A little over a week ago, I was watching one of those bog-standard political videos you find on YouTube these days: you know, the ones where a conservative interviews a group of young Leftists without revealing his own political leanings. He asks each interviewee a series of apparently random questions about what they believe, after which the results are cleverly edited together to demonstrate the rank hypocrisy of Progressivist thinking.

In this case the subjects being discussed were tolerance and compromise, and the results were absolutely predictable. Every young Lefty being interviewed claimed tolerance was the most important of all values and that compromise was critical when engaging in political discourse, but of course the moment they were given a list of specific conservative values and areas of possible agreement with the Right, it turned out they were all hopelessly intolerant and refused to compromise on anything at all.

“Aha!” said the conservative writers and editors. “Hypocrisy!” Well, no. Not exactly.

Tuesday, January 19, 2021

Not Her Voice

Everybody wants to be heard. That’s understandable.

To understand and be fully understood is one of the greatest possible states to which human beings may aspire. When perfection comes, “I shall know fully, even as I have been fully known,” says the apostle.

That suggests very strongly that those of us who have a relationship with Jesus Christ are already as fully known as we will ever need or want to be. Think about that for a bit.

Monday, January 18, 2021

Anonymous Asks (128)

“Should God choose our mate?”

That’s an interesting question, and I think the answer may have a bit of both yes and no in it. Obvious comeback: If he did, how would you know? What would that look like? What evidence would you need to feel confident God had stepped into your personal circumstances and ordered your future living arrangements?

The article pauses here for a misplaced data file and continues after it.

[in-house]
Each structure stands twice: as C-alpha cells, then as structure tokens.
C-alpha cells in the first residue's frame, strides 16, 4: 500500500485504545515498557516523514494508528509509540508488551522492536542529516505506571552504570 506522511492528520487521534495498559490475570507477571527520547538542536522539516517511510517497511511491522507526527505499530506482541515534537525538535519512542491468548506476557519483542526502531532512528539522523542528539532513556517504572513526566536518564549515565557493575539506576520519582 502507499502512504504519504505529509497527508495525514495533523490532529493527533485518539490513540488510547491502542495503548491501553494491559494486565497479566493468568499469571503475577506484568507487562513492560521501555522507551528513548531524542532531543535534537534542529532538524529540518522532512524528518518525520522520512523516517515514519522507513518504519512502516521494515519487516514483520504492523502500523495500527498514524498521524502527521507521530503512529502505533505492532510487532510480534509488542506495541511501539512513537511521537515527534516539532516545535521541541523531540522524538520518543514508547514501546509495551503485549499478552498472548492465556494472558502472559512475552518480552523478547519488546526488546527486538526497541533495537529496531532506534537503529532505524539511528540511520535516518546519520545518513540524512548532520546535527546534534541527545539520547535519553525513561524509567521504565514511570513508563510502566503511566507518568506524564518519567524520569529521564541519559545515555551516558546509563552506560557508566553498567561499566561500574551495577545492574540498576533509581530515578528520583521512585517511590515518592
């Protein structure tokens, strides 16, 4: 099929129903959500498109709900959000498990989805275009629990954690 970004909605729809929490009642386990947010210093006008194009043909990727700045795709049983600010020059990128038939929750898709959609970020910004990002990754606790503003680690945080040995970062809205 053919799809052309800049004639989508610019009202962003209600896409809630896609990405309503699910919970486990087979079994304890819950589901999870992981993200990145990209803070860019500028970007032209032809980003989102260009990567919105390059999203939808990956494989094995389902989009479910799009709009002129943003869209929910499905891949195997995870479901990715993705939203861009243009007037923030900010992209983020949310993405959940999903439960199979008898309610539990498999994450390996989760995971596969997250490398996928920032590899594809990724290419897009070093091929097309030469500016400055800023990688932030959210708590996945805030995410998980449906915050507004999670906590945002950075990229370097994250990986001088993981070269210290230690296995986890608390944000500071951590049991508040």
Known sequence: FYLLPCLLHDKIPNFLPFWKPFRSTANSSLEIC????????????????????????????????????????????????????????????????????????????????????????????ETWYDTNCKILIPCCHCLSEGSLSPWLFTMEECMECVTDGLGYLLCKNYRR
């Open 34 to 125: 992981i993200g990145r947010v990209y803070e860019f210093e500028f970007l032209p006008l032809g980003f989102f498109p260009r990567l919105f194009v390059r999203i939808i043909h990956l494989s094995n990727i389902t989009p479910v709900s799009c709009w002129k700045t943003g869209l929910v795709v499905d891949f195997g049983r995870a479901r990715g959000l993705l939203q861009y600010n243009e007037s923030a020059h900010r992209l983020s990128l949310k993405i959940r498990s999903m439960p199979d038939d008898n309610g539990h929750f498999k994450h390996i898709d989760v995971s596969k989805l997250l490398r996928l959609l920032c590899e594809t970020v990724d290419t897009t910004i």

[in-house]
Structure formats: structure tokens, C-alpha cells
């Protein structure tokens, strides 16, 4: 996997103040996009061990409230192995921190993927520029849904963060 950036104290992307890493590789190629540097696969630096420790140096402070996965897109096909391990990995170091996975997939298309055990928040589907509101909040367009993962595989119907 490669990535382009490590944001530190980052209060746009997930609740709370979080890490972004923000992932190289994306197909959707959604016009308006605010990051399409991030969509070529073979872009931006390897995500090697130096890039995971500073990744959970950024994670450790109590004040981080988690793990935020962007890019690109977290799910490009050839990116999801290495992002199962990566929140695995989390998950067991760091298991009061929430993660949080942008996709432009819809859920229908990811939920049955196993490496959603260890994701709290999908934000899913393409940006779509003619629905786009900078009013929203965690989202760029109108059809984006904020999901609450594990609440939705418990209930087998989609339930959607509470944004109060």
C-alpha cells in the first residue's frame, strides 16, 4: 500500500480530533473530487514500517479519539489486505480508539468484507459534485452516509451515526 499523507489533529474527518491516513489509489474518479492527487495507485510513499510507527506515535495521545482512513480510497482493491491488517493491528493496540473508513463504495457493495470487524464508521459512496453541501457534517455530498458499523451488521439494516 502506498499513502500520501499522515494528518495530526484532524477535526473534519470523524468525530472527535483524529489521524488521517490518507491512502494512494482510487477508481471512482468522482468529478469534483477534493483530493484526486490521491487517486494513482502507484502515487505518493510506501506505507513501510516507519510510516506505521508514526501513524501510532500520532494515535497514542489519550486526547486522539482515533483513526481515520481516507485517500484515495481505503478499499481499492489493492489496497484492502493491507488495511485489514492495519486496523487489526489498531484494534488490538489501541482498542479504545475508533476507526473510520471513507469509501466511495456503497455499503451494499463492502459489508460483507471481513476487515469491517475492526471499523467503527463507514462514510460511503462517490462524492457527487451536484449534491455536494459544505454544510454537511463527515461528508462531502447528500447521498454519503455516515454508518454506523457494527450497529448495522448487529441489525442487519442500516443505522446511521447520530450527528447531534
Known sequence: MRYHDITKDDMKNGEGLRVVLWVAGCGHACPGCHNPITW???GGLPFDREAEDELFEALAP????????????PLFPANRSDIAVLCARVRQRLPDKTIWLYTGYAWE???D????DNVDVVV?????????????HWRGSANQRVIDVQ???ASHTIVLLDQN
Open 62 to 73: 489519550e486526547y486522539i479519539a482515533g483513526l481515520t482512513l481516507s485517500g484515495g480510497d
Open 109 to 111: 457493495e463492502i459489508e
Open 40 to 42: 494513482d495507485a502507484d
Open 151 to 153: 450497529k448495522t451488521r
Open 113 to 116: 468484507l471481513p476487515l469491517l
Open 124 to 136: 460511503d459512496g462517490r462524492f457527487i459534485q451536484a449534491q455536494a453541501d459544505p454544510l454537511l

There are definitely Christians who think this is precisely what happens; perhaps not in every case, but at least in those where a man commits his way to the Lord in prayer, or a woman seeks God’s will for her in the matter of marriage. I will not argue with anyone who feels that way, but again, that’s all it is: a feeling.

Unless of course you can produce evidence ...

Sunday, January 17, 2021

Too Clever For Their Own Good

Far too often the mere existence of a biblical record of how fallible, sinful men behave is taken as evidence of what God prefers.

That’s a mistake, whether it is done by unbelievers attacking the character of God and the morality of his instructions, or by believers looking to the frequently sub-optimal choices of Old Testament patriarchs for their standards of acceptable Christian behavior.

We can and should learn moral lessons from history, of course, but it is foolish to go beyond what is actually written. When we do, we are often being too clever for our own good.

Saturday, January 16, 2021

Mining the Minors: Jonah (17)

If the book of Jonah were simply a historical account, by all rights it should finish at the end of chapter 3: Nineveh repents, God relents, end of problem for the next 100 years or thereabouts.